20 SES 06 A, Networking for Intercultural Learning
This paper is a development of earlier research on crafts and craft education as expressions of cultural heritage (Kokko and Dillon, 2010). It reports research with a group of Erasmus exchange students (n=20) from seven different countries who were studying on the International Study Programme for Education at the University of Eastern Finland during the autumn 2012. The main field of study for most of the students was Educational Sciences. They participated in an optional course 'Cultural Heritage and Craft Education'. The objectives of this course included looking at art and craft curricula and pedagogies: (i) from a comparative view paying attention to social, cultural, equality and gender aspects; and (ii) as part of a wider frame of cultural heritage education.
Young people’s perceptions of cultural heritage and crafts, and the values they place on them, are substantially shaped by their formative experiences, both informal (in homes) and formal (in schools). The importance of cultural heritage education has been acknowledged at the European level. For example, the Framework Convention on the value of cultural heritage for society (Council of Europe 2005) identifies the need for European countries to preserve cultural resources, promote cultural identity, respect diversity and encourage inter-cultural dialogue. Furthermore Eurydice (2009, 7), the EU strategic framework for European cooperation in education and training over the next decade, emphasises the importance of transversal key competences, including cultural awareness and creativity. Regardless of these guidelines, there is a need to find out innovative ways to sustain cultural heritage education. However, globalising trends tend to sideline ‘tradition’. Cuts in education and changing curricula in many countries may downplay cultural heritage and arts with them being considered less important and dropped (Kokko & Kyritsi 2012). The authors of this paper share a concern about the situation with regard to both culture heritage education and craft education.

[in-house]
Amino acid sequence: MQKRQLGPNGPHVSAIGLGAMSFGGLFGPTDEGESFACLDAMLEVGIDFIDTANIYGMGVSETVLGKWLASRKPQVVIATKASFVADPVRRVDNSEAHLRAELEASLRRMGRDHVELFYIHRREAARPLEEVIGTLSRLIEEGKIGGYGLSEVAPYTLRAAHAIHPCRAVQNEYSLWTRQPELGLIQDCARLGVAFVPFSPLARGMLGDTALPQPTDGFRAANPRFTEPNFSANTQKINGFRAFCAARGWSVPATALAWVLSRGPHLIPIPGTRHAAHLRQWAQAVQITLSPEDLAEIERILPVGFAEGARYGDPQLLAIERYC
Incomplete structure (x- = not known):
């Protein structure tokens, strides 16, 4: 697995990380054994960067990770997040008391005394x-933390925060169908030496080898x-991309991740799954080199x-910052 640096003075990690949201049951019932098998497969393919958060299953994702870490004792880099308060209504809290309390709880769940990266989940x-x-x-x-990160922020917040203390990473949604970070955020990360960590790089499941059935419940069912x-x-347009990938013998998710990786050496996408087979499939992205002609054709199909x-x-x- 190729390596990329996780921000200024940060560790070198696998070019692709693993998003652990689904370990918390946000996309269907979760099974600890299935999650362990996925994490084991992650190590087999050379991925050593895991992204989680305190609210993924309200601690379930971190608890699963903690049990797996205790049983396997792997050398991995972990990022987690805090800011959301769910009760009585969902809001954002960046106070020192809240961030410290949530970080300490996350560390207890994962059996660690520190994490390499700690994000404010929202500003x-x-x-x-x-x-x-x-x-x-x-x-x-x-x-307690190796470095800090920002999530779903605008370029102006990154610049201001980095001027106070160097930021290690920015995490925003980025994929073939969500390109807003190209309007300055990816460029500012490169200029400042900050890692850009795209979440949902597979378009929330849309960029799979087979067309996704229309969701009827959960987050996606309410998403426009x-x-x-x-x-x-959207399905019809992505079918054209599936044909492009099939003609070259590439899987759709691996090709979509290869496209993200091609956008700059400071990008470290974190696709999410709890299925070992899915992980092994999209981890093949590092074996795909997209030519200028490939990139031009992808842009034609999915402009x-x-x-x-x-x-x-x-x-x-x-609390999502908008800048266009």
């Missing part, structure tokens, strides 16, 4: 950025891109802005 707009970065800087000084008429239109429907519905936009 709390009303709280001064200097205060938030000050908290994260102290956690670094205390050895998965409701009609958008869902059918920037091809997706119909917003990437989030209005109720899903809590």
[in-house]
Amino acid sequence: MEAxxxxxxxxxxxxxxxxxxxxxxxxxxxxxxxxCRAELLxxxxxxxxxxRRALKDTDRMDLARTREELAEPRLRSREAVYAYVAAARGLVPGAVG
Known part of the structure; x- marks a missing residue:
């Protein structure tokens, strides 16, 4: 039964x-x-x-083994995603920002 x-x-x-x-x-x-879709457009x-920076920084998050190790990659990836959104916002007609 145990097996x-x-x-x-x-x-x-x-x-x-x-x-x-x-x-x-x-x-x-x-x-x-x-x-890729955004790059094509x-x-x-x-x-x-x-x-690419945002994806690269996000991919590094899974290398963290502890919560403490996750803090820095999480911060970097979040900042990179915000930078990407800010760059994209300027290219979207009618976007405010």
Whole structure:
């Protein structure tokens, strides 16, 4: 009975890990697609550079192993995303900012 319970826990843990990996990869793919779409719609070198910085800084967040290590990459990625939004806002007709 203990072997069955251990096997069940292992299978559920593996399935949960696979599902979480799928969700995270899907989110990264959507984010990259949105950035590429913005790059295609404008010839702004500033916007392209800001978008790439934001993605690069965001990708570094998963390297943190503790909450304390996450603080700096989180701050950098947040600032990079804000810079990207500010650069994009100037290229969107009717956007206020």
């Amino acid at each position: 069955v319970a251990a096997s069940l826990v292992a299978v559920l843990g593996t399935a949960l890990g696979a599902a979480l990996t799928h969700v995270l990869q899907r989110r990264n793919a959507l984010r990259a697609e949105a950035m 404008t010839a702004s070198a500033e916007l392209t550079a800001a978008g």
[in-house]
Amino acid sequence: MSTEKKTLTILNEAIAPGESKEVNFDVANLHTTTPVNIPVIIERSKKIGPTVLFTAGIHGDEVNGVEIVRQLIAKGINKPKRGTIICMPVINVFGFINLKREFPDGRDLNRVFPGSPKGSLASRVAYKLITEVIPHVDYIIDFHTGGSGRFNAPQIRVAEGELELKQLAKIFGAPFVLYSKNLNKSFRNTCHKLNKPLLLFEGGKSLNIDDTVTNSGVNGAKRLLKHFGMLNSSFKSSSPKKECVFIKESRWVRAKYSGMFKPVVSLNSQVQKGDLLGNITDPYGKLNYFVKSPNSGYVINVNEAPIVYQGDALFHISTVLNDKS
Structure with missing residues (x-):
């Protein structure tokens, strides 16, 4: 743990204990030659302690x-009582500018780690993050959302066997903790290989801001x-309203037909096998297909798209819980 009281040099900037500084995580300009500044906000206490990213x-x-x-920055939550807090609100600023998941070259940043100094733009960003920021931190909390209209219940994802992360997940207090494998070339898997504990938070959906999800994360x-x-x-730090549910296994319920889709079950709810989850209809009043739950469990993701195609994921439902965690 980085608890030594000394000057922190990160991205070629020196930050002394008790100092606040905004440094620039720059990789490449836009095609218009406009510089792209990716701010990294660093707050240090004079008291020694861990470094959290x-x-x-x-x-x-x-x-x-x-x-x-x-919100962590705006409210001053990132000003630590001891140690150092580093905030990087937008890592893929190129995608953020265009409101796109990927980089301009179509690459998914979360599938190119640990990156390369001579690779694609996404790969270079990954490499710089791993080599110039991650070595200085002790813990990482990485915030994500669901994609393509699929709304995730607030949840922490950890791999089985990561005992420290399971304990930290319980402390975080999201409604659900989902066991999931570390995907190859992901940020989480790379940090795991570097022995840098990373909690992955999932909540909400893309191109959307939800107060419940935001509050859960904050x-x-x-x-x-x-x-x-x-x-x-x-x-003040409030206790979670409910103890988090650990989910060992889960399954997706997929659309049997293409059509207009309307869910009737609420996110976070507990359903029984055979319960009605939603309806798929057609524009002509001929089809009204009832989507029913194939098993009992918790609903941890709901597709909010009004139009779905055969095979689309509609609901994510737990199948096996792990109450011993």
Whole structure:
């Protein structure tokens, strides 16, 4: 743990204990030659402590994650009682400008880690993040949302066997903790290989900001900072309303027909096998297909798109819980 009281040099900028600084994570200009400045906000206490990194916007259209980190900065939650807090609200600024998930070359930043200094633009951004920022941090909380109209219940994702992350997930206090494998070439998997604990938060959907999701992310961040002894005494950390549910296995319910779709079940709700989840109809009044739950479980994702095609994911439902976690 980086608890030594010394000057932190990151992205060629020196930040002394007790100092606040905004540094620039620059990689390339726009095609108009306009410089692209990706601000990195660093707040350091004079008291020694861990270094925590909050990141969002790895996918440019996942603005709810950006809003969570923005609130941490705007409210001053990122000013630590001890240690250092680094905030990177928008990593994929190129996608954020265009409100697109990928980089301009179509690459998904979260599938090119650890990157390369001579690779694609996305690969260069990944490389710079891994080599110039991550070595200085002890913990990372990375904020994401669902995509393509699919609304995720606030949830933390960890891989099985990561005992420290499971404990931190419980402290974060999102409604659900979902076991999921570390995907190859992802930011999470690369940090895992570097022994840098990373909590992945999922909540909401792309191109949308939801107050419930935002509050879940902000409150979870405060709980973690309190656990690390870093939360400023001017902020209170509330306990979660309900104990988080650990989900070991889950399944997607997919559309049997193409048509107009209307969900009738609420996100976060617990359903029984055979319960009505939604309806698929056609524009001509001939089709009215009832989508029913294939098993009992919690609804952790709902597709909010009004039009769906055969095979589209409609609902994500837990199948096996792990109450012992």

Council of Europe, 2005. The Council of Europe Framework Convention on the Value of Cultural Heritage for Society, Council of Europe Treaty Series No. 199, Faro, 27 October 2005. Eurydice 2009. Arts and cultural education at school in Europe. Education, Audiovisual and Culture Executive Agency (EACEA P9 Eurydice). Gallagher, S. & Zahavi, D. (2008) The Phenomenological Mind. London: Routledge. Kokko, S. & Dillon, P. 2011. Crafts and craft education as expressions of cultural heritage. Individual experiences and collective values amongst an international group of women university students, International Journal of Technology and Design Education, 21 (4), 487-503. Kokko, S. & Kyritsi, A. 2012. Cultural Heritage Education for Intercultural Communication, EUROMED 2012, 4th International Conference, Progress in Cultural Heritage Preservation, Short Papers, 165-168.
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